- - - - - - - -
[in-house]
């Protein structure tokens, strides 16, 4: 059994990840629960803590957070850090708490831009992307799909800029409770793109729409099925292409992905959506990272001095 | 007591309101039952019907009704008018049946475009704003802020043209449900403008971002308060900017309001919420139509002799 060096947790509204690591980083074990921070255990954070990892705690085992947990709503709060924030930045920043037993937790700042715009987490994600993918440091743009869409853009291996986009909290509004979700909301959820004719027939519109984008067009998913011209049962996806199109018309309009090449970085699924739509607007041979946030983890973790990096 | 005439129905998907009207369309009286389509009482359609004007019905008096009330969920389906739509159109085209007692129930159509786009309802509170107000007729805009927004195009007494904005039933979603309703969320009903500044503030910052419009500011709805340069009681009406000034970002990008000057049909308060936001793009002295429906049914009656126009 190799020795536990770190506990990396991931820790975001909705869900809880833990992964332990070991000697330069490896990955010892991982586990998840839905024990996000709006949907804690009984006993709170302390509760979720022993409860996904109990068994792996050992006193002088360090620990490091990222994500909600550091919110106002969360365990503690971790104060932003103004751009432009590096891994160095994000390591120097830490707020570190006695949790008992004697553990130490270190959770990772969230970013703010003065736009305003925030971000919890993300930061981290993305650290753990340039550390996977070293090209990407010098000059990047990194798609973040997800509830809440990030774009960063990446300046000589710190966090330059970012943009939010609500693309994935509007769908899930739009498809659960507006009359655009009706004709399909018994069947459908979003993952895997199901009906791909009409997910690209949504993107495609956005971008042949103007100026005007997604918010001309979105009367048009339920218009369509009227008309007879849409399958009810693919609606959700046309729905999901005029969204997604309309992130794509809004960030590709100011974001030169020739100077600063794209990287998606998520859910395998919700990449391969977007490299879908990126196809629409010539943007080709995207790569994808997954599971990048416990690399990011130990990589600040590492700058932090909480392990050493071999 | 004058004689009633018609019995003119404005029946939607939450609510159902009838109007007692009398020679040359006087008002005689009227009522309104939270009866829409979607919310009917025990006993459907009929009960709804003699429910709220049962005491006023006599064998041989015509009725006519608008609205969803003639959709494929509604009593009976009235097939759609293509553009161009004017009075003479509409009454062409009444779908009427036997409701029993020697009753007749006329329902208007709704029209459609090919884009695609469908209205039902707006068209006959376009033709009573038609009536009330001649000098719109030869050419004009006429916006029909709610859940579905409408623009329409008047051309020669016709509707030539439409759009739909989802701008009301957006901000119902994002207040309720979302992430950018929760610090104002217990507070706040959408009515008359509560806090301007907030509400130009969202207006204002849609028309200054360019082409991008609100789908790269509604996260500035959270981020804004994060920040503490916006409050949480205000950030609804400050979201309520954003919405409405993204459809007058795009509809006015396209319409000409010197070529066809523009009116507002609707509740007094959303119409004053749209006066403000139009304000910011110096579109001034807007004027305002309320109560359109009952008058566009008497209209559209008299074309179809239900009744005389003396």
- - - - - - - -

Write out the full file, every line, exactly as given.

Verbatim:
[in-house]
């Protein structure tokens, strides 16, 4: 059994990840629960803590957070850090708490831009992307799909800029409770793109729409099925292409992905959506990272001095 | 007591309101039952019907009704008018049946475009704003802020043209449900403008971002308060900017309001919420139509002799 060096947790509204690591980083074990921070255990954070990892705690085992947990709503709060924030930045920043037993937790700042715009987490994600993918440091743009869409853009291996986009909290509004979700909301959820004719027939519109984008067009998913011209049962996806199109018309309009090449970085699924739509607007041979946030983890973790990096 | 005439129905998907009207369309009286389509009482359609004007019905008096009330969920389906739509159109085209007692129930159509786009309802509170107000007729805009927004195009007494904005039933979603309703969320009903500044503030910052419009500011709805340069009681009406000034970002990008000057049909308060936001793009002295429906049914009656126009 190799020795536990770190506990990396991931820790975001909705869900809880833990992964332990070991000697330069490896990955010892991982586990998840839905024990996000709006949907804690009984006993709170302390509760979720022993409860996904109990068994792996050992006193002088360090620990490091990222994500909600550091919110106002969360365990503690971790104060932003103004751009432009590096891994160095994000390591120097830490707020570190006695949790008992004697553990130490270190959770990772969230970013703010003065736009305003925030971000919890993300930061981290993305650290753990340039550390996977070293090209990407010098000059990047990194798609973040997800509830809440990030774009960063990446300046000589710190966090330059970012943009939010609500693309994935509007769908899930739009498809659960507006009359655009009706004709399909018994069947459908979003993952895997199901009906791909009409997910690209949504993107495609956005971008042949103007100026005007997604918010001309979105009367048009339920218009369509009227008309007879849409399958009810693919609606959700046309729905999901005029969204997604309309992130794509809004960030590709100011974001030169020739100077600063794209990287998606998520859910395998919700990449391969977007490299879908990126196809629409010539943007080709995207790569994808997954599971990048416990690399990011130990990589600040590492700058932090909480392990050493071999 | 004058004689009633018609019995003119404005029946939607939450609510159902009838109007007692009398020679040359006087008002005689009227009522309104939270009866829409979607919310009917025990006993459907009929009960709804003699429910709220049962005491006023006599064998041989015509009725006519608008609205969803003639959709494929509604009593009976009235097939759609293509553009161009004017009075003479509409009454062409009444779908009427036997409701029993020697009753007749006329329902208007709704029209459609090919884009695609469908209205039902707006068209006959376009033709009573038609009536009330001649000098719109030869050419004009006429916006029909709610859940579905409408623009329409008047051309020669016709509707030539439409759009739909989802701008009301957006901000119902994002207040309720979302992430950018929760610090104002217990507070706040959408009515008359509560806090301007907030509400130009969202207006204002849609028309200054360019082409991008609100789908790269509604996260500035959270981020804004994060920040503490916006409050949480205000950030609804400050979201309520954003919405409405993204459809007058795009509809006015396209319409000409010197070529066809523009009116507002609707509740007094959303119409004053749209006066403000139009304000910011110096579109001034807007004027305002309320109560359109009952008058566009008497209209559209008299074309179809239900009744005389003396």